My IBM columns, tutorials, and articles have had a dual -- or maybe triple -- purpose for your humble author. First, I cherish the opportunity to share what knowledge I have with other programmers/developers, and perhaps, thereby, make a few of your own tasks a bit easier. (It is also awfully nice that I get paid money for writing these things.)
Another purpose of my writing is to release programming code to the public domain. In writing this code, my goal has been to illustrate general programming concepts, and I've tailored the code around these concepts. At the same time, however, my intention is to offer code to the programming community that individual developers can utilize directly for their own purposes.
Through the course of releasing my code, I have received a number of valuable suggestions and enhancement patches from users of these modules. Most of the improvements from users are ones that I would have never imagined on my own, and a few are almost shocking in their insight. In this article, I present some uses of
xml_objectify that were not possible when I wrote XML Matters #1 and XML Matters #2, the columns that initially discussed these modules.
One change, in particular, has been an ongoing struggle. My timing was probably slightly unlucky. Soon after I first created
xml_pickle in August 2000, the PyXML distribution went through several incompatible versions. Not much later, Python 2.0 came out with its own not-quite-compatible XML support. Users contributed several patches to match then-current Python XML support along the way, but in their current state
xml_pickle both require Python 2.0+ and its included PyXML package. Given the effective requirement for Python 2.0 in terms of the XML packages, I also allowed in a few other changes with Python 2.0 syntax. The backward incompatibility with Python 1.5 is unfortunate, but it would be too unwieldy to maintain it in this case.
One of the features of
xml_objectify I introduced in XML Matters #2 was the special
_XML attribute that kept complete element contents (including subelement markup of character data). The default behavior is still to create an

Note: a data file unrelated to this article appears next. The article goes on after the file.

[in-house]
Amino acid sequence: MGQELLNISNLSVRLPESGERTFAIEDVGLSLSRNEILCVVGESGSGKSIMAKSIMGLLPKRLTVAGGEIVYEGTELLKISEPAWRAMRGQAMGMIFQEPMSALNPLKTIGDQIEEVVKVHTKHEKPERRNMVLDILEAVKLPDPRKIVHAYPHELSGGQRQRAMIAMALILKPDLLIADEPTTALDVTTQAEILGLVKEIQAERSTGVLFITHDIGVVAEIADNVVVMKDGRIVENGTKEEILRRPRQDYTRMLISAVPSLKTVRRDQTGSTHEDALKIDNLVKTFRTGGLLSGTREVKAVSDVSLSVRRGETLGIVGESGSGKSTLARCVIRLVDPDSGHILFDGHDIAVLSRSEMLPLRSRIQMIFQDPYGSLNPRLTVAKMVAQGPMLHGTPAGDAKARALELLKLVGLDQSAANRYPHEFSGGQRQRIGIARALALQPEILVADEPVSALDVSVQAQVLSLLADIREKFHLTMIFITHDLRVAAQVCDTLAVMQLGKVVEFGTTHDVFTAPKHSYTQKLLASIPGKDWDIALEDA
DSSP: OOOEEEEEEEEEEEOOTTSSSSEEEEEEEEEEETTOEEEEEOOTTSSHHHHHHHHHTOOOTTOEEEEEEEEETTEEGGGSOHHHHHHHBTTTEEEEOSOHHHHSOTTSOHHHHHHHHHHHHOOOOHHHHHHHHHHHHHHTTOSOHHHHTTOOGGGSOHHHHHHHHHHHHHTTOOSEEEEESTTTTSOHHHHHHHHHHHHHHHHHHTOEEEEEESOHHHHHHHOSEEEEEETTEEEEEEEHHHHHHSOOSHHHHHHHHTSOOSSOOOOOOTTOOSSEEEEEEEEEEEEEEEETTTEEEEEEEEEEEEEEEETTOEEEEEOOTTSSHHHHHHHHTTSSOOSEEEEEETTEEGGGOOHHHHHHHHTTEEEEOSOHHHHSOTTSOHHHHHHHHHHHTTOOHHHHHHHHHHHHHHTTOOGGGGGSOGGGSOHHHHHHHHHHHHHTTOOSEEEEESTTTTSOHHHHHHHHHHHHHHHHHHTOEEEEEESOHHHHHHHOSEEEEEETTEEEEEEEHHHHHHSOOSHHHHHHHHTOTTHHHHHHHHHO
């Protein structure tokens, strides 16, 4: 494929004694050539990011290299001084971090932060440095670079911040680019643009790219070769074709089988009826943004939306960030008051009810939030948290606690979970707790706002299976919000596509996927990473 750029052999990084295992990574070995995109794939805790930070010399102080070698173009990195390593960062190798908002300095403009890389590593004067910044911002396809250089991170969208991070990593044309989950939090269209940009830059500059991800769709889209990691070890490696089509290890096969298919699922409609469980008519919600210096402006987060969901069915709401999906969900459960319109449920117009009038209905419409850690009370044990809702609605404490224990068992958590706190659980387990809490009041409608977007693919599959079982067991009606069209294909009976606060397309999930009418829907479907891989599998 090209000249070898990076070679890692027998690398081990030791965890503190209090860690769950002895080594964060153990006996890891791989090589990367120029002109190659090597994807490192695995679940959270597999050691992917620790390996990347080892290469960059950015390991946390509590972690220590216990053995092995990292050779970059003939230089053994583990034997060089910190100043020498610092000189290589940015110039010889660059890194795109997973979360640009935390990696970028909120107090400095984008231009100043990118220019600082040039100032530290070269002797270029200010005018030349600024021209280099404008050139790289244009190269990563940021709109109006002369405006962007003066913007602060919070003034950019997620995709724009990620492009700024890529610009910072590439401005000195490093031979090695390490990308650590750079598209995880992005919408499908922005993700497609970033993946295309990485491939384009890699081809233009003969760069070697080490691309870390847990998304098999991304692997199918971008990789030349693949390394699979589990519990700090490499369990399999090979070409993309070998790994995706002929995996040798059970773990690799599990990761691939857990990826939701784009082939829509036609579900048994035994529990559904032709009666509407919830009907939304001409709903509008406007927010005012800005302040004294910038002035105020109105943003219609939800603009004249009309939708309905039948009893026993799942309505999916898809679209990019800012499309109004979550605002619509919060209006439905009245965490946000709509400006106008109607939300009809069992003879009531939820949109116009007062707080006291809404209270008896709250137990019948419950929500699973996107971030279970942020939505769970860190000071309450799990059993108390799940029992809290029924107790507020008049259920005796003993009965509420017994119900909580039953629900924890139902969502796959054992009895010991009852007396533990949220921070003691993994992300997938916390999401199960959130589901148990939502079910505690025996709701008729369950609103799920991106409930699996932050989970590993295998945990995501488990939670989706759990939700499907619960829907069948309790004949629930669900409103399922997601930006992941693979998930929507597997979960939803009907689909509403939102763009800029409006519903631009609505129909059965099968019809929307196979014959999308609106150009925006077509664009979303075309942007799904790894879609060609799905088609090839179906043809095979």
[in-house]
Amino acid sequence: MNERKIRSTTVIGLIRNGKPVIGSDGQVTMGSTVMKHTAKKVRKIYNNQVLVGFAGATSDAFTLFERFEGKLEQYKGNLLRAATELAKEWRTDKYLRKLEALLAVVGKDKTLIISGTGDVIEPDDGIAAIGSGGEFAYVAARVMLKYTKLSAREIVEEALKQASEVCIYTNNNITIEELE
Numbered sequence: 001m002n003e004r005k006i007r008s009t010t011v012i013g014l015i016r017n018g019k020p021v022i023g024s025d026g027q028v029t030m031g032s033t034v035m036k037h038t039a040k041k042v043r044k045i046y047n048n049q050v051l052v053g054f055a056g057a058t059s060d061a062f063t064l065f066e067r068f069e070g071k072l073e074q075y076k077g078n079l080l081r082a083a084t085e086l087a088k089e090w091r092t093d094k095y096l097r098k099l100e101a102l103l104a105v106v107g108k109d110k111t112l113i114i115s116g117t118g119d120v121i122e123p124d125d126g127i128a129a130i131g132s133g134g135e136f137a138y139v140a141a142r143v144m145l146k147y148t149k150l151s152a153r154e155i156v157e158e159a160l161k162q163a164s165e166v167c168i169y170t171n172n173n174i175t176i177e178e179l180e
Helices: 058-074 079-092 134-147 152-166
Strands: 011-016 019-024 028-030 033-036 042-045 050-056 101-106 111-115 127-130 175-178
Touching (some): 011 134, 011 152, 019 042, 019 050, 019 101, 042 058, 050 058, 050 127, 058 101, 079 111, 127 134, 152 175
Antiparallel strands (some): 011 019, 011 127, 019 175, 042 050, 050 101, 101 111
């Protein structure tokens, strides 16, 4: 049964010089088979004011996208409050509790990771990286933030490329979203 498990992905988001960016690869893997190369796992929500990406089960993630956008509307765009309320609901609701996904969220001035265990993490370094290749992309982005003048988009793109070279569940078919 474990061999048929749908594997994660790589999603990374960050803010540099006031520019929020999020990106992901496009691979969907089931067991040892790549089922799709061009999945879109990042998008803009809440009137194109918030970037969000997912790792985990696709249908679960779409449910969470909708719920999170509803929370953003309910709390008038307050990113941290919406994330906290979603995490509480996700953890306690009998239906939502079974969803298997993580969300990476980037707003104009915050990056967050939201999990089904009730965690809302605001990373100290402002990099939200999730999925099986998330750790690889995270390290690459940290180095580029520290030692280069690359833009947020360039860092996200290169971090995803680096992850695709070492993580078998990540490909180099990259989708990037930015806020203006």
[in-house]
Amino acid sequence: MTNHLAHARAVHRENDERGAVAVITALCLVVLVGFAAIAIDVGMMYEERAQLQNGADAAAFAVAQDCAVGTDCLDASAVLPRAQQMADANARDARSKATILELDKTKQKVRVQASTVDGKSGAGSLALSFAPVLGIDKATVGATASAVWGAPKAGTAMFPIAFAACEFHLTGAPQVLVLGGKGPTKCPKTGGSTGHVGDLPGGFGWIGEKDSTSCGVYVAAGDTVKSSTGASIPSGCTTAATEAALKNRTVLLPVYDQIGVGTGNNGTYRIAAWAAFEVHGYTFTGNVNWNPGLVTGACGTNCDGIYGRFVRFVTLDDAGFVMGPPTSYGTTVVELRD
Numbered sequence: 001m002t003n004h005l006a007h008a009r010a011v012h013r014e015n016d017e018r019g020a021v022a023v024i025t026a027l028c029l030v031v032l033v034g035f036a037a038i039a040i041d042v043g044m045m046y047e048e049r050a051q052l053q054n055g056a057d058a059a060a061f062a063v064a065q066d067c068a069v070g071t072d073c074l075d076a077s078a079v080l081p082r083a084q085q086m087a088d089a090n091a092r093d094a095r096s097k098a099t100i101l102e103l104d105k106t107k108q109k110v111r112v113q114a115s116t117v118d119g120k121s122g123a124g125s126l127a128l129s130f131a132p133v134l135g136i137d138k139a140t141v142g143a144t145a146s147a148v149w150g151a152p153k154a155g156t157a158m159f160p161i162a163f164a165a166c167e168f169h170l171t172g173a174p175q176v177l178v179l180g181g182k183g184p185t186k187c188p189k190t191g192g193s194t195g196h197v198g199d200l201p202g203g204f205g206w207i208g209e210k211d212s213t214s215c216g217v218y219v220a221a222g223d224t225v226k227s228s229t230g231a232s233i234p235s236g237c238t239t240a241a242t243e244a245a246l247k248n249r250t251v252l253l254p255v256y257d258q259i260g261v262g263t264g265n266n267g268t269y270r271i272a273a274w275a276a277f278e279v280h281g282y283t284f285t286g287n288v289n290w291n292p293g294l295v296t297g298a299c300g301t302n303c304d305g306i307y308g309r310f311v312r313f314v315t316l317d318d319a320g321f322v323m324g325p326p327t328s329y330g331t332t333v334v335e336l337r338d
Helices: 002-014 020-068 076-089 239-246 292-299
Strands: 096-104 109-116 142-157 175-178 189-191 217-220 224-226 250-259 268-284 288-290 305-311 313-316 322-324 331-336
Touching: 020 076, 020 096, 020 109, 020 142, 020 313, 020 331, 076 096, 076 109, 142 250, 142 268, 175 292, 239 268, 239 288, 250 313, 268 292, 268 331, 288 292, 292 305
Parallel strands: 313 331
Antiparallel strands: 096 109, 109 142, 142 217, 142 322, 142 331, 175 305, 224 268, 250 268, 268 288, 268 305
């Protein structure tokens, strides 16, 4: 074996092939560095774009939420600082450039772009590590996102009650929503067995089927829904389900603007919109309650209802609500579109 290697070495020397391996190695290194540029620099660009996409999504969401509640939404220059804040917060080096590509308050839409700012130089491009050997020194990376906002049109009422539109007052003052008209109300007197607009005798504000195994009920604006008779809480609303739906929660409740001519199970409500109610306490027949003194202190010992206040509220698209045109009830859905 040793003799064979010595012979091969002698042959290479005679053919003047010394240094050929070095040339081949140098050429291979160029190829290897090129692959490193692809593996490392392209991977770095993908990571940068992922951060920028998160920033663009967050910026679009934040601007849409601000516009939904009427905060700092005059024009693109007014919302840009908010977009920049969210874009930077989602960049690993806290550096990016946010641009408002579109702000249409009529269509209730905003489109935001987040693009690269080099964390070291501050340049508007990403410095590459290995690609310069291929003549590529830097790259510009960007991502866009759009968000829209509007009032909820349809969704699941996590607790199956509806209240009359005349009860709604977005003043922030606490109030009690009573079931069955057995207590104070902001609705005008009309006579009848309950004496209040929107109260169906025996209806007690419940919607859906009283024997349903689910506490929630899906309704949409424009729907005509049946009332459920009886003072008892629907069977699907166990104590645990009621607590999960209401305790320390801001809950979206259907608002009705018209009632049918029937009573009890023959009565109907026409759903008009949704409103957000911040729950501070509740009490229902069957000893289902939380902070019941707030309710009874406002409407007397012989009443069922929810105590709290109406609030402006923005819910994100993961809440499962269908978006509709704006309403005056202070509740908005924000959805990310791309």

_XML attribute of a nested object only when it contains character-level markup. You now, however, have a choice about changing this behavior using the function
keep_containers() and the values
NEVER. For example:
>>> xml_str = '''<doc><p>Spam and eggs <b>are</b> tasty</p> .. <p>The Spanish Inquisition</p> .. <foot>Our weapon is fear</foot></doc>''' >>> open( 'test.xml', 'w' ).write(xml_str) >>> from xml_objectify import * >>> py_obj = XML_Objectify( 'test.xml' ).make_instance() >>> py_obj.p.PCDATA u'Spam and eggs tasty' >>> py_obj.p._XML # first <p> has <b> markup u'Spam and eggs <b>are</b> tasty' >>> py_obj.p.PCDATA u'The Spanish Inquisition' >>> py_obj.p._XML # second <p> has no markup Traceback (most recent call last): File "<stdin>", line 1, in ? AttributeError: '_XO_p' instance has no attribute '_XML'
>>> _=keep_containers(ALWAYS) >>> py_obj = XML_Objectify( 'test.xml' ).make_instance() >>> py_obj.p._XML u'The Spanish Inquisition' >>> _=keep_containers(NEVER) >>> py_obj = XML_Objectify( 'test.xml' ).make_instance() >>> py_obj.p._XML Traceback (most recent call last): File "<stdin>", line 1, in ? AttributeError: '_XO_p' instance has no attribute '_XML'
Probably the most powerful feature of
xml_objectify is also a subtle one. Many users have probably never needed (or even noticed) class magic behavior. However, it is possible to have special classes on hand that will determine the behaviors of "objectified" XML nodes. (The original article mentioned this, but it is worth seeing in action.)
I should point out a few details prior to presenting the examples. In order to avoid a sloppy conflict in the first module version,
xml_objectify now "mangles" the names of the class templates for XML nodes. The "abstract" node class, or
_XO_, has a few "magic" behaviors in itself. Upon creation -- whether created dynamically or by a programmer -- concrete node classes have the form
<tagname> is a tag that occurs in the objectified XML document).
The "magic" that
_XO_ itself provides is the
__len__() methods. These let you treat each node attribute as if it is a list in those contexts where it would be nice for the attribute to behave like a list. But at the same time, you can refer to an "only child" node without having to subscript. For example: